If you’ve just found out you have hepatitis C, you have a lot of questions. If you’re like most people with this condition, you probably never knew you had it until now.
You’re not alone. Hepatitis C isn’t rare in the U.S., especially among baby boomers -- people born between 1945 and 1965. People this age are five times more likely than others to get the virus, which causes swelling and scarring of the liver.
Even though it was surely a shock to get your test results, it’s your first step toward...
But a major concern with this combination is that interferon comes with a lot of side effects. Interferon also must be taken by injection -- much more inconvenient than swallowing a pill.
Experts are hopeful that future drug combos will successfully treat hepatitis C without interferon.
Sovaldi is the first drug approved to treat some types of hepatitis C without interferon. But the types of hepatitis C treated by interferon-free Sovaldi -- genotypes 2 and 3 -- are not that common in the U.S. Most Americans have genotype 1.
Studies are now testing Olysio for use without interferon.
Hopes for More Effective Treatments
A study in the New England Journal of Medicine shows that Sovaldi and another experimental drug, daclatasvir, could wipe out the hepatitis C virus in almost all patients -- even those most difficult to treat.
After 12 weeks of treatment with these two drugs, which have fewer and much milder side effects than previous treatments for hepatitis C, 98% of patients showed no evidence of the virus in their blood.
Even patients who weren't helped by a standard three-drug combination of interferon, ribavirin, and one of the newer antivirals had a 98% cure rate with Sovaldi and daclatasvir.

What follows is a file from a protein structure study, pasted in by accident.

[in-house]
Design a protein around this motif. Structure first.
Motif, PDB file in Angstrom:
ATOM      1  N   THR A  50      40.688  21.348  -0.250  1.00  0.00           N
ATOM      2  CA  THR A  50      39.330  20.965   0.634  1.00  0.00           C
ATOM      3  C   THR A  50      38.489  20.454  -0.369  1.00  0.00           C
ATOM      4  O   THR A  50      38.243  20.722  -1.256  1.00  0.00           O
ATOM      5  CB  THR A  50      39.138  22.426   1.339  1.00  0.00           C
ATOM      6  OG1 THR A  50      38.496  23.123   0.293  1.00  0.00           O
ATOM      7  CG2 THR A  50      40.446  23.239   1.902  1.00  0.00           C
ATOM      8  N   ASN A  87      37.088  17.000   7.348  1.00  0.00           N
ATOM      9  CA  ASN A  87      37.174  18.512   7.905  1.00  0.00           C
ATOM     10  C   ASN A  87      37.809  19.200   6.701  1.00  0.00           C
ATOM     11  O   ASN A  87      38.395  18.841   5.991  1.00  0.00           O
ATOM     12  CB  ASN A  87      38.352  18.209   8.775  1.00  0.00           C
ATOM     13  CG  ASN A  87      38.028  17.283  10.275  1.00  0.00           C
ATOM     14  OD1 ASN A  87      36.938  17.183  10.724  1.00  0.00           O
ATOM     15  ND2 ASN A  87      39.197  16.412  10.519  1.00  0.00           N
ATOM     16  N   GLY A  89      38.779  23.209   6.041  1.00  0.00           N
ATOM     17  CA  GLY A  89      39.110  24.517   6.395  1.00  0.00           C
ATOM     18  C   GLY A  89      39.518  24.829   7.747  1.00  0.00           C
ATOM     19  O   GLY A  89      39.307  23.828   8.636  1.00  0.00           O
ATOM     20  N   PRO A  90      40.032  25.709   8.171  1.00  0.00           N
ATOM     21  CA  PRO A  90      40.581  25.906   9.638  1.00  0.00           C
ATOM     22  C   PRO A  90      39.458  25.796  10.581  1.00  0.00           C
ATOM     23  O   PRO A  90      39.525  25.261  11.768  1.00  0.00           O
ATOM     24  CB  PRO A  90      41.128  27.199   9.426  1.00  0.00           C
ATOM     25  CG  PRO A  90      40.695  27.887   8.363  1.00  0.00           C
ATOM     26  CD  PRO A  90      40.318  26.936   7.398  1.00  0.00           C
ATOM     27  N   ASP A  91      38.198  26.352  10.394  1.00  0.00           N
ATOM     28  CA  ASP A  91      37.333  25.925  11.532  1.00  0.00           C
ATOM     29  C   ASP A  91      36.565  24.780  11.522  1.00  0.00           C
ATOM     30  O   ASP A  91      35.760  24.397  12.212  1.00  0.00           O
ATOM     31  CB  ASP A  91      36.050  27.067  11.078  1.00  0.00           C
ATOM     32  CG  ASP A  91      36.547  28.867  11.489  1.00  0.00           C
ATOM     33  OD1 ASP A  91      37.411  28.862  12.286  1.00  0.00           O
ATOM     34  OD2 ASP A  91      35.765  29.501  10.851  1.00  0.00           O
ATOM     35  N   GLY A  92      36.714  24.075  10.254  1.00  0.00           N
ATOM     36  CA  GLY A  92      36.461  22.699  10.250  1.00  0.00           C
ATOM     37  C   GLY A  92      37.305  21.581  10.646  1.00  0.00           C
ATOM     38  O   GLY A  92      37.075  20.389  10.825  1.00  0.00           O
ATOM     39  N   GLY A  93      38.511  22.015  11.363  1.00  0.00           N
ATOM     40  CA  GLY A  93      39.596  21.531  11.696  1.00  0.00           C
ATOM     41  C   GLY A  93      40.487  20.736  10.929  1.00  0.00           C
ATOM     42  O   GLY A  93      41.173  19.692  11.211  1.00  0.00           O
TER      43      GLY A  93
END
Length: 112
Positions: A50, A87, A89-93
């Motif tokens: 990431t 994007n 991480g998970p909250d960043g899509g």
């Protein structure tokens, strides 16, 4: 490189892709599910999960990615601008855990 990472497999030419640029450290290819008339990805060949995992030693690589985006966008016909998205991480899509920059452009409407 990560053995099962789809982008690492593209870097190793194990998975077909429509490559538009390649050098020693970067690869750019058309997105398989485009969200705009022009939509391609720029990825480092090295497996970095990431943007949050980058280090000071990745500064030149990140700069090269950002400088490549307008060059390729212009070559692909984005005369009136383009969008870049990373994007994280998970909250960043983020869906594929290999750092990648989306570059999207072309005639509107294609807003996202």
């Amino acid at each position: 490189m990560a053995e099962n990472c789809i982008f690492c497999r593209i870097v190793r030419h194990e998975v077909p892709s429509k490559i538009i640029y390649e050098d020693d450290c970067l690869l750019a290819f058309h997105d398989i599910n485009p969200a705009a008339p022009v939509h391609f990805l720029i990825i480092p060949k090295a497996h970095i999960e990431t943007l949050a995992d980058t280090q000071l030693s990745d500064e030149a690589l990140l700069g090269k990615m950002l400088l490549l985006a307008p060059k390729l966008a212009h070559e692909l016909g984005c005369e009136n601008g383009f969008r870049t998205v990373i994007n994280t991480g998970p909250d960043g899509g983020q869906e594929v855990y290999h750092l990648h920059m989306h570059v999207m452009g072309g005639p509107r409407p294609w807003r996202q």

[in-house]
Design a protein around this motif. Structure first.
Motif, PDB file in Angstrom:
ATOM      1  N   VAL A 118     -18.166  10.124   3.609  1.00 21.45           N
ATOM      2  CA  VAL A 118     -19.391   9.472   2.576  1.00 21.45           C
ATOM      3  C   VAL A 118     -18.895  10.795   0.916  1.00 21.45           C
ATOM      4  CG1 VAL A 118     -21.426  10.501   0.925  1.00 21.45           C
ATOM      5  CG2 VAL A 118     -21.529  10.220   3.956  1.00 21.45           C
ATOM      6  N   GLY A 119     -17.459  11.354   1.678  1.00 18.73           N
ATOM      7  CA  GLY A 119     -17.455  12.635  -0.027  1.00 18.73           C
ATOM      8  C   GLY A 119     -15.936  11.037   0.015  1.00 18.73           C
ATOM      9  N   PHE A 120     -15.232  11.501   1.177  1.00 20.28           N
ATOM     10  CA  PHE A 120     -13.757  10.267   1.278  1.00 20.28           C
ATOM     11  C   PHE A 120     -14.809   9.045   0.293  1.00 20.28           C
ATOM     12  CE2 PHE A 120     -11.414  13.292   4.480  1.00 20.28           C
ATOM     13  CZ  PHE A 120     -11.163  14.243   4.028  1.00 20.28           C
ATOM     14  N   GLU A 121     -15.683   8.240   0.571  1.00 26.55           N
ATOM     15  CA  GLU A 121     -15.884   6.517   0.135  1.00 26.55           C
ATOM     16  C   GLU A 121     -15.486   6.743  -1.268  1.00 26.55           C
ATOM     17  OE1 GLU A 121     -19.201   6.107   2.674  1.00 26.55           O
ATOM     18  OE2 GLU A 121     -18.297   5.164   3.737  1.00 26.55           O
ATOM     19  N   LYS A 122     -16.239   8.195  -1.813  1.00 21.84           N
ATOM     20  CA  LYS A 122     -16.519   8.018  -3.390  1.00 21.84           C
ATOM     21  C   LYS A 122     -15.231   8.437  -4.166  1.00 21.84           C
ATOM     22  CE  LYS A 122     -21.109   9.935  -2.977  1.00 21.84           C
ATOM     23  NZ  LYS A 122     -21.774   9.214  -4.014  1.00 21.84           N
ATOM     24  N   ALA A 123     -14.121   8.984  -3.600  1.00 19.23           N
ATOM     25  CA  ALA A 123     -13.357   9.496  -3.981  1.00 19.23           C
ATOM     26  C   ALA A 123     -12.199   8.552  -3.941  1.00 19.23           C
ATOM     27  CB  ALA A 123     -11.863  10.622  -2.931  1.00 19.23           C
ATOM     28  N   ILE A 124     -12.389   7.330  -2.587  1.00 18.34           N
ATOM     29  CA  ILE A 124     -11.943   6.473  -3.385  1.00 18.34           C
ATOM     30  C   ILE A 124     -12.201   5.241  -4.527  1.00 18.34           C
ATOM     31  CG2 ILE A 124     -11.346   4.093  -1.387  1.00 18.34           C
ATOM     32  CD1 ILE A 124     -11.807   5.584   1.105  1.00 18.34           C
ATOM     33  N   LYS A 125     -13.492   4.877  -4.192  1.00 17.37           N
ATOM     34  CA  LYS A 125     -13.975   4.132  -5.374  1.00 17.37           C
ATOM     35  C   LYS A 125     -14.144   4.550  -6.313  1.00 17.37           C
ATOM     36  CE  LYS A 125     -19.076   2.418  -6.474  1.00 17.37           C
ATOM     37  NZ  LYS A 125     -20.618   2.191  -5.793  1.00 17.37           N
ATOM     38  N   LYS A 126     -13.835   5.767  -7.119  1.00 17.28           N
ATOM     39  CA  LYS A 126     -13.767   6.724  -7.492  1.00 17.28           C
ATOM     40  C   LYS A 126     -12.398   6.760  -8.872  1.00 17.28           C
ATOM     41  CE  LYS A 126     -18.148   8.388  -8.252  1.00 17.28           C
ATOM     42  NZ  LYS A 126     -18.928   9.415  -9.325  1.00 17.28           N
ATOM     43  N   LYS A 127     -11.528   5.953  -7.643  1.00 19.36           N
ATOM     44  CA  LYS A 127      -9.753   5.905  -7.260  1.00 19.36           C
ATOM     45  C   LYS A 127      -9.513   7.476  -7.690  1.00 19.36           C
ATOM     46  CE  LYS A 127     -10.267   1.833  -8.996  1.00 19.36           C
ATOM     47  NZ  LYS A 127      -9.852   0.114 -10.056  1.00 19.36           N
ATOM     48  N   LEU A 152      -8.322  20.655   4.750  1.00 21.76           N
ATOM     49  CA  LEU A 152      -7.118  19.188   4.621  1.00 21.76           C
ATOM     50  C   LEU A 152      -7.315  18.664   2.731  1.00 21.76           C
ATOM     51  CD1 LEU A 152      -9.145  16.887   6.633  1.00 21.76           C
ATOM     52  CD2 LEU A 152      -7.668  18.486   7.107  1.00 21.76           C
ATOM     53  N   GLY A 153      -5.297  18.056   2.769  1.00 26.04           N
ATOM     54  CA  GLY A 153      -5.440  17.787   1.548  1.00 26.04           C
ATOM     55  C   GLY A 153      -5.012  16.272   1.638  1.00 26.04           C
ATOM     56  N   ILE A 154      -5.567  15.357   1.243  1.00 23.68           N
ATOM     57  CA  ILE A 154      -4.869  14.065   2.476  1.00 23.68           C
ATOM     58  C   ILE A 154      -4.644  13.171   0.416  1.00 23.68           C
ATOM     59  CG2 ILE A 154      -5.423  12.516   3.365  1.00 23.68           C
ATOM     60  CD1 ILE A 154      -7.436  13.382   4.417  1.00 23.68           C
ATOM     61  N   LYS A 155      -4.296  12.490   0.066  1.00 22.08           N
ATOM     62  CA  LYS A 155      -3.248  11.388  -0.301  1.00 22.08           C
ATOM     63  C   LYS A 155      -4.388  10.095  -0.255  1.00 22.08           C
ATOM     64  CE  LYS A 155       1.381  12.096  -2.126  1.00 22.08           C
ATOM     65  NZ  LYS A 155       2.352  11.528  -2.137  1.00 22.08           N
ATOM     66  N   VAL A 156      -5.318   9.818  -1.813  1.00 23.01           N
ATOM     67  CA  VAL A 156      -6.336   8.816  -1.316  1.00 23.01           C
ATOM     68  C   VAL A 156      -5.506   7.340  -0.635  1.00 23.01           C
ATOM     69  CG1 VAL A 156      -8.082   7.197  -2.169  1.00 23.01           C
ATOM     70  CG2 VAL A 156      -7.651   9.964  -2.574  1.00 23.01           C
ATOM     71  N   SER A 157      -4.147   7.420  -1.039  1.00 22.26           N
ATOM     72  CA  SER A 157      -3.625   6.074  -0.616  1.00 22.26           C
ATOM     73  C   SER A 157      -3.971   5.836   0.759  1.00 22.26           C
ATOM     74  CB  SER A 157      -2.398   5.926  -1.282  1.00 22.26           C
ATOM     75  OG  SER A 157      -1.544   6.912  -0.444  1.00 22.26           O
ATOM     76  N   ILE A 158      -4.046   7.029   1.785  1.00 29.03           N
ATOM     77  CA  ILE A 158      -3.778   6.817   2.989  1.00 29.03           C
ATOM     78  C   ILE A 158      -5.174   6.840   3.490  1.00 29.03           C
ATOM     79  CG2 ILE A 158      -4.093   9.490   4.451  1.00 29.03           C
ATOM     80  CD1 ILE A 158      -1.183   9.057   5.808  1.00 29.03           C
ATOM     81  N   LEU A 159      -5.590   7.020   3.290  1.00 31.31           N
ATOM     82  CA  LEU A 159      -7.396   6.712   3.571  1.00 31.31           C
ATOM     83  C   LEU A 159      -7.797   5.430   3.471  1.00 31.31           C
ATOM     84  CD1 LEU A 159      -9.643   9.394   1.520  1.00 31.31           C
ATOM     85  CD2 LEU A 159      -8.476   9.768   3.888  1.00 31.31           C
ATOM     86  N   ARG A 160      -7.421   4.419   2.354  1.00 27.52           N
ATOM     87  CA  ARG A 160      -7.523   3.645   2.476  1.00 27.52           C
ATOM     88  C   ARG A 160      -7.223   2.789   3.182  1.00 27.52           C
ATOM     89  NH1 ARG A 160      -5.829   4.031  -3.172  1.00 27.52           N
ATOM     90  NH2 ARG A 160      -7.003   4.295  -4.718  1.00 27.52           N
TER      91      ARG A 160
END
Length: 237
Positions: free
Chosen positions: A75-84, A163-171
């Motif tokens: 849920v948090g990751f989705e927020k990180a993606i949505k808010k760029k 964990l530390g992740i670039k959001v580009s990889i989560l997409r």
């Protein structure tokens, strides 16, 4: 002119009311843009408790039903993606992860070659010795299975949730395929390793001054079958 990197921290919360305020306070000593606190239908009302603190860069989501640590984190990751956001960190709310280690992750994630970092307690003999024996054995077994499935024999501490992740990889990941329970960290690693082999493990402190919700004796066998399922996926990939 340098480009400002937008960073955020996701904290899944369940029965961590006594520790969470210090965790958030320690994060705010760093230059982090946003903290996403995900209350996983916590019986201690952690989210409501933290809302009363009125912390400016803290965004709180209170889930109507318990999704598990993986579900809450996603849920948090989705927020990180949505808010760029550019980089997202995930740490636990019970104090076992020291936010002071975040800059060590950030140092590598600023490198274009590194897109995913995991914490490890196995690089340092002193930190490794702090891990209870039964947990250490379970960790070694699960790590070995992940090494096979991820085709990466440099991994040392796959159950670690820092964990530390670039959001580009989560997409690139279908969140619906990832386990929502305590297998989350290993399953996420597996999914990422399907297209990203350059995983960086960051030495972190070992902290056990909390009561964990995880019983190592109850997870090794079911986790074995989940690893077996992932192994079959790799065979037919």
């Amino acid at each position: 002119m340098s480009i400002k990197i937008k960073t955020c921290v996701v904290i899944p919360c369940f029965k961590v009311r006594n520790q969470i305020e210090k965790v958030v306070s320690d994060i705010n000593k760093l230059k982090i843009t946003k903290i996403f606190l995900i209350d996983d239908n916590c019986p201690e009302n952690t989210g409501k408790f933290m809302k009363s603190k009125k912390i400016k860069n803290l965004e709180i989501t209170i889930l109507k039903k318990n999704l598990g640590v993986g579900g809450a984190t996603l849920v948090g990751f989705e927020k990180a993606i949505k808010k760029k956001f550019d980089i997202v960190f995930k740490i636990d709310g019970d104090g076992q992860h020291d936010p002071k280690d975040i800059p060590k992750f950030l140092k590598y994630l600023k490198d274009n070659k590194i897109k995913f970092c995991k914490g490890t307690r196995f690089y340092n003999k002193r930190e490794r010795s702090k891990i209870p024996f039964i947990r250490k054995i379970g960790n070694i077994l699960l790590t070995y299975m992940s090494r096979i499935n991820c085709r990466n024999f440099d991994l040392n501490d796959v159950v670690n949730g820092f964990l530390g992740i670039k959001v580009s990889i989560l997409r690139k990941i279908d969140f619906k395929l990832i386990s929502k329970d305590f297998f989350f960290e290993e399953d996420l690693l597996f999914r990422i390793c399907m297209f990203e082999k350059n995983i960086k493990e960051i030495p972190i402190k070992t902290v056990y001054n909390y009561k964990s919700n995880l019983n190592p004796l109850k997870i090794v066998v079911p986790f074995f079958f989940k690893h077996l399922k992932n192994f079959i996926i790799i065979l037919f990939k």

"This research tells us that we can cure almost all patients with hepatitis C," says Ira Jacobson, MD. He's the chief of gastroenterology and hepatology at the Joan and Sanford I. Weill Medical College of Cornell University. "We're still awaiting study results on another difficult group of patients -- those with cirrhosis. These patients have never responded as well to interferon-based therapy. But early indications are very promising that this combination will be extremely effective for these patients as well."
The Road Ahead
Experts predict that an interferon-free combination treatment for most hepatitis C patients will be approved by the FDA in the next few years.
"This will mean that many patients can go from as many as 18 pills a day, plus one injection a week, plus medications to manage side effects, down to only one or two pills a day and no injections," says Jonathan M. Fenkel, MD. He's the director of the Jefferson Hepatitis C Center at Jefferson University Hospitals.
And that's just the beginning. "We're expecting around 20 more medications for hepatitis C to be approved in the next 4 to 5 years," Fenkel says. There are more than 75 new hepatitis C drugs under development by different companies. "There's a lot of anticipation and expectation."